Like so many offshore lighthouses, Moose Peak Light took a beating in bad weather. In a storm in 1839, the high seas had washed away the footbridge to the tower and nearly destroyed the lighthouse. Keeper Alexander Milliken reported, “The lantern vibrates and trembles, and also leaks somewhat under the eaves. The distance at which the dwelling-house stands from the light-house renders it dangerous during winter to get from one to the other.”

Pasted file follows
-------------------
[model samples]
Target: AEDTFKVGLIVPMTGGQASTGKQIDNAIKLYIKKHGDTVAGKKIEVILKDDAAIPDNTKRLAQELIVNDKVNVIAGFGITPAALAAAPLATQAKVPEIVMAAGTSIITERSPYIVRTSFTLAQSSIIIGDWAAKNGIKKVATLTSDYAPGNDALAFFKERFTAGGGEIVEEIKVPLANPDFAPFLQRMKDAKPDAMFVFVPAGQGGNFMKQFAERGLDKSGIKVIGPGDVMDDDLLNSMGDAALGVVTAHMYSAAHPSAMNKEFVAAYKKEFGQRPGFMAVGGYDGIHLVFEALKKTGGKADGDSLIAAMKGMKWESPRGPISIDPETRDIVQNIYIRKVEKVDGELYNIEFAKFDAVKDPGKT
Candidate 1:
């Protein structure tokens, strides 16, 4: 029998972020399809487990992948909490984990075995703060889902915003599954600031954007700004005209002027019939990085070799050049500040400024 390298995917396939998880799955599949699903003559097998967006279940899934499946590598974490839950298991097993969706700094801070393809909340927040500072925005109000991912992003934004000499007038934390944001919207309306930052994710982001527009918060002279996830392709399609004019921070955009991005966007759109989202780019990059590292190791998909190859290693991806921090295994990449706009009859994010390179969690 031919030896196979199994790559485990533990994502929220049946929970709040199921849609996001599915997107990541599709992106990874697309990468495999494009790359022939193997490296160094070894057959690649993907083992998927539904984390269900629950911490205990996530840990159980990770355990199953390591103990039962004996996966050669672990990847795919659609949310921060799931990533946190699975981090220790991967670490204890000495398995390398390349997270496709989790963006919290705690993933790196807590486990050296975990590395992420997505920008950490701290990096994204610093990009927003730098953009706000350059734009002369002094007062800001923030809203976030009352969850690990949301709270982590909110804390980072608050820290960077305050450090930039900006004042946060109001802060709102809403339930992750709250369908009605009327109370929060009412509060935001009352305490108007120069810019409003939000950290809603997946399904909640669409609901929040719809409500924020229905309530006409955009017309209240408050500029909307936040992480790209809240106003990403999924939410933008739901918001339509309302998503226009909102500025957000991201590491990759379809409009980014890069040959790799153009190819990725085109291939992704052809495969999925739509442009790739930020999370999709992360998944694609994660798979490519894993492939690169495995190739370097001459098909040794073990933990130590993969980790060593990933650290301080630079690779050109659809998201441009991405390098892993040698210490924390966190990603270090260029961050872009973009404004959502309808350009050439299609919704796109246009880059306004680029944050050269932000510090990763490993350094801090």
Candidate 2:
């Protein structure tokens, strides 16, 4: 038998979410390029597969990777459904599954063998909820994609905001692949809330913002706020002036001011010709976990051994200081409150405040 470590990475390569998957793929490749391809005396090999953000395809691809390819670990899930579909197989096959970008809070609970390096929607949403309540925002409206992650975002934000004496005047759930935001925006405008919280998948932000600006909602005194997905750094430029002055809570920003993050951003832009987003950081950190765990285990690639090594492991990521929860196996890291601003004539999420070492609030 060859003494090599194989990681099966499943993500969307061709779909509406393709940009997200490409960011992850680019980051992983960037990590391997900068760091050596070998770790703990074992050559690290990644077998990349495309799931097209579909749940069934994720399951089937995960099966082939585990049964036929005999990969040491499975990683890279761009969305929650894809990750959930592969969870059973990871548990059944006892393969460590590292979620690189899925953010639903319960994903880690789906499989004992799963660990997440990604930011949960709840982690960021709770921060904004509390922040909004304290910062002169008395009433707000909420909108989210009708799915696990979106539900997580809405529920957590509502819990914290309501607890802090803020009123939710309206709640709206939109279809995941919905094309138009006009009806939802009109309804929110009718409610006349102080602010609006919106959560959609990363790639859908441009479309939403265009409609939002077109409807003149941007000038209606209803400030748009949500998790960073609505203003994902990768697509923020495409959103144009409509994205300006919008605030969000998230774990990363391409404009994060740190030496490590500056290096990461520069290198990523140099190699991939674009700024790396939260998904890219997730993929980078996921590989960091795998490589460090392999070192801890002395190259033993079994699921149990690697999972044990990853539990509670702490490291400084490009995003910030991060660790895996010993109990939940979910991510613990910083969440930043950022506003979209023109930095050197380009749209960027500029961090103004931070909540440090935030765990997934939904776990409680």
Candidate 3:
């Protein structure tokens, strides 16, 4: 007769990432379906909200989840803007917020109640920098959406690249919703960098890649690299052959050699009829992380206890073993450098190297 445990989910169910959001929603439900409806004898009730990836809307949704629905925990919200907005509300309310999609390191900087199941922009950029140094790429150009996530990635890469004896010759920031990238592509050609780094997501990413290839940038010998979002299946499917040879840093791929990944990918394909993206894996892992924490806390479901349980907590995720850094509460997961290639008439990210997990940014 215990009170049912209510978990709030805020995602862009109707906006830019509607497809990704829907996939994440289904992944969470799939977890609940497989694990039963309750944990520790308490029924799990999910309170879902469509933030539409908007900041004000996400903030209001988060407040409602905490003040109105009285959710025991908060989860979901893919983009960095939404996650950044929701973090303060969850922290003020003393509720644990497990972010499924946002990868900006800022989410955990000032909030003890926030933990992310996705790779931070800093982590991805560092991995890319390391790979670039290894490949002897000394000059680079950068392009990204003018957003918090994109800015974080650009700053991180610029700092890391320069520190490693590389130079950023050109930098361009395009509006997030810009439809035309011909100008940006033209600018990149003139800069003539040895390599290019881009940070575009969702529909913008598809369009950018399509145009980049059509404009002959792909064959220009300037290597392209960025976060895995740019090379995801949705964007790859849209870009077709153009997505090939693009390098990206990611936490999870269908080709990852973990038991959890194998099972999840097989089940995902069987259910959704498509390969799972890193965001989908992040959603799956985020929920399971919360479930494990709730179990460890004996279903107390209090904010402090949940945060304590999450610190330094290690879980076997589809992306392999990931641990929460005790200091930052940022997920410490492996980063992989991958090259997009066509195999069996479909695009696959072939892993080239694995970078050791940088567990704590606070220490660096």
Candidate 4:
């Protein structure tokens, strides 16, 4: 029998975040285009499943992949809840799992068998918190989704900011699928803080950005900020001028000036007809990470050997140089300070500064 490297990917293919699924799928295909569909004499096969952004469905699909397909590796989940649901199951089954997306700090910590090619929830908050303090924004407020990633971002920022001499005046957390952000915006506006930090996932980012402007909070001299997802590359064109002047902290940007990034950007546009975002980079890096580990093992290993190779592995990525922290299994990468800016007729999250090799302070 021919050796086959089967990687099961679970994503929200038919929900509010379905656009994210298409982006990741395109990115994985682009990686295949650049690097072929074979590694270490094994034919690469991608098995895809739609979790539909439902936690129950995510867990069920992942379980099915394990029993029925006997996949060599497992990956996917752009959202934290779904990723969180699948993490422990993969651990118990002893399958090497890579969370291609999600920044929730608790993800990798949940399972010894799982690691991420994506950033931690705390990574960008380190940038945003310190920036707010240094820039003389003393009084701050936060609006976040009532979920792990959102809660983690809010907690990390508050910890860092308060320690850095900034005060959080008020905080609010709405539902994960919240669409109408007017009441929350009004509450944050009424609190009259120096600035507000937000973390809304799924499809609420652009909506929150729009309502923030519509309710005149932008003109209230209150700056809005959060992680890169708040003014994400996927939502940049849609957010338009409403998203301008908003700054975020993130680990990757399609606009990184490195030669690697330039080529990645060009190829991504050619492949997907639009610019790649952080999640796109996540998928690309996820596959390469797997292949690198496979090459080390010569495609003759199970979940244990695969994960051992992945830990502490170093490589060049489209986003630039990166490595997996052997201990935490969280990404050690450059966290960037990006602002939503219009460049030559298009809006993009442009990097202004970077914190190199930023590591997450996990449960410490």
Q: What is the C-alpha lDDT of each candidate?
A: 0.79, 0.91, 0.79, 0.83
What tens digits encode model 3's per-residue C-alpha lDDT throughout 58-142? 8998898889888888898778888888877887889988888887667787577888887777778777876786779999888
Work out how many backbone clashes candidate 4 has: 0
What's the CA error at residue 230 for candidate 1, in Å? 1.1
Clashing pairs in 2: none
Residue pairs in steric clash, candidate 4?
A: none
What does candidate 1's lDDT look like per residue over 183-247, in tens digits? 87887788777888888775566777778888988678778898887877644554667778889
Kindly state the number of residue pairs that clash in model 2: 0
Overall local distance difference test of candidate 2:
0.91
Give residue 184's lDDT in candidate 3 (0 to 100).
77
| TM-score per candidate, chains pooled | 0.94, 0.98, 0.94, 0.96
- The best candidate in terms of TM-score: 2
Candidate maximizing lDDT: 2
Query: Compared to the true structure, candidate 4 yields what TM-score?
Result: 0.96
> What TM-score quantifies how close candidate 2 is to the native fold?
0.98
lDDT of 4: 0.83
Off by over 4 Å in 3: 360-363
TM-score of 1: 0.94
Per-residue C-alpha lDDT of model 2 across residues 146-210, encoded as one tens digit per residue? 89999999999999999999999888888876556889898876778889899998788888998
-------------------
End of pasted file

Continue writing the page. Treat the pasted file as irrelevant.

The present lighthouse tower was built in 1851. In 1901, the walls of the tower were covered with an eight-inch-thick layer of brick masonry.
In 1898, Keeper Charles Dobbins and his son rendered “gallant assistance” to the crew of the Nova Scotia schooner Ashton. The keeper was awarded a gold watch by the Canadian government. Dobbins couldn’t accept the gift until he was authorized to do so by an act of Congress.
Moose Peak Light was automated in 1972 and the Coast Guard keepers were removed. In 1982, a military team blew up the keeper’s house as a training exercise.